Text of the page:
Google has announced they will stop supporting older and less secure browsers like IE6, Firefox 2.x, Chrome 3 or Safari 2 starting with Google Docs and Google Sites editor from March 1st, 2010.
Google has added five security enhancements to Chrome in order to make browsing more secure: cross-documents message posting, Strict Transport Security, Origin and X-Frame-Options header fields, and Reflective XSS Filter. Some of these features have already been or are to be implemented by other browsers.
The Web Hypertext Application Technology Working Group (WHATWG) is working jointly with W3C on developing the HTML 5 standard, which has been at "Last Call" at WHATWG for the last 3 months. During this time one feature which has changed more significantly is the sandbox attribute of the iframe element. sandbox can be used to isolate untrusted web page content from performing certain operations.
YouTube announces an HTML5 video beta, which allows playback without resorting to using a Flash plugin. Videos are only available in the H.264 format, which leads to greater performance on some hardware devices, but leaves out the new FireFox 3.6 which only supports the Ogg video format.
Both IE and Mozilla teams are currently working on using DirectX/GPU for page rendering while Google is considering it.
A security vulnerability that has hit Internet Explorer through .NET has also hit Firefox. The culprit for Firefox, a .NET add-on, has been put on Mozilla’s blocked list.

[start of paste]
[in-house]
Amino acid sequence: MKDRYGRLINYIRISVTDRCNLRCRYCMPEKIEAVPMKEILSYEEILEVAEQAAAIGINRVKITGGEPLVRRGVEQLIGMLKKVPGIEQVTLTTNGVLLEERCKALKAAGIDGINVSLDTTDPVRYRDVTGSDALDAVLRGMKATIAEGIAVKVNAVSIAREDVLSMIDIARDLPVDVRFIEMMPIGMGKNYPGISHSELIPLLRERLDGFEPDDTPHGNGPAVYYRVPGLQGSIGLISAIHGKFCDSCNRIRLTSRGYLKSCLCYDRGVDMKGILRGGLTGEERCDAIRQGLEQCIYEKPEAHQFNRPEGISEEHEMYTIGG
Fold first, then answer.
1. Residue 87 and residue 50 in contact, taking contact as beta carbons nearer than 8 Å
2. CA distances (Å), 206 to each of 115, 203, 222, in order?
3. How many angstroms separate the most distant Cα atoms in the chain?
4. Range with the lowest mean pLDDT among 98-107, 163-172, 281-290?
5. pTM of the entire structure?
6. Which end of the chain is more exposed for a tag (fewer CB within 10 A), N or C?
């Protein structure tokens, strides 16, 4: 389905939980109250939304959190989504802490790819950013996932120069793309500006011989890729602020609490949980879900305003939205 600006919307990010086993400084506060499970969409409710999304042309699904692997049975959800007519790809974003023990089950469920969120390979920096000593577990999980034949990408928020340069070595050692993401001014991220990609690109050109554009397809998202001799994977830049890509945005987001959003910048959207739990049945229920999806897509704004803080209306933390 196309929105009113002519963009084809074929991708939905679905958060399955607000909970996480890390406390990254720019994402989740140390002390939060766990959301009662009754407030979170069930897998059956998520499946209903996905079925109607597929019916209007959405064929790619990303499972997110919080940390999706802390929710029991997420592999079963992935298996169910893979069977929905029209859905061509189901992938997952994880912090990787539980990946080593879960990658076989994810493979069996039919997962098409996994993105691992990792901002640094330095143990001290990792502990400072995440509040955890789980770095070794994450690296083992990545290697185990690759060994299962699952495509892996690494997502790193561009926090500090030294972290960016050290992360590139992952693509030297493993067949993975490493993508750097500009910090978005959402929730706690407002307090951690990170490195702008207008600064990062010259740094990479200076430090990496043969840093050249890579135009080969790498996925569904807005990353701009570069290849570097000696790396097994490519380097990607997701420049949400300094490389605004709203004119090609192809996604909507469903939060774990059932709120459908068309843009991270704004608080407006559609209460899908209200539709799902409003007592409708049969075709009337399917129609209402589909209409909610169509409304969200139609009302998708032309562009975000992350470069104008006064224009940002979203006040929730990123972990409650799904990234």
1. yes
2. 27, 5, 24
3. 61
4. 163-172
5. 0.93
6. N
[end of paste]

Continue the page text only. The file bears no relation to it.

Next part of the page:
A year ago, Mozilla entered the Guinness Book with a little over 8 M Firefox 3 downloads in 24 hours. Today, still in the first day, Firefox 3.5 has an average of about 50 downloads /sec and a total of 3.6 million downloads at July 01 10:30 AM GMT. 3.5 is a worthy update considering the large number of improvements over 3.0 like native video. No need for Flash/Silverlight anymore.
Google has just open sourced Page Speed, a tool used internally by Google to optimize their web sites, especially the speed web pages are loaded with.
With the W3C working on a specification that defines an API for providing scripted access to geographical location information, Mozilla recently announced built-in Geolocation support for Firefox 3.5. This is aligned with an earlier announcement from Opera that also adds support for Geolocation in their browser. Will this make geographically aware applications ubiquitous?
Tasktop Technologies, the company which created Eclipse Mylyn and leads its development, released Tasktop version 1.3 today. InfoQ interviewed Tasktop CEO and Eclipse Mylyn project lead Mik Kersten to learn more about this release and what changes it brings for end users.
Cloud-based applications are everywhere these days (Enterprise, Office Suites, Groupware, Business Intelligence...), while technologies like Google Gears, Mozilla Prizm, Fluid, S3... are creating an environment where it will be hard to know which is which.
Internet Explorer will now support 50 cookies per domain, but the performance implications of large HTTP request sizes require caution on the part of web developers.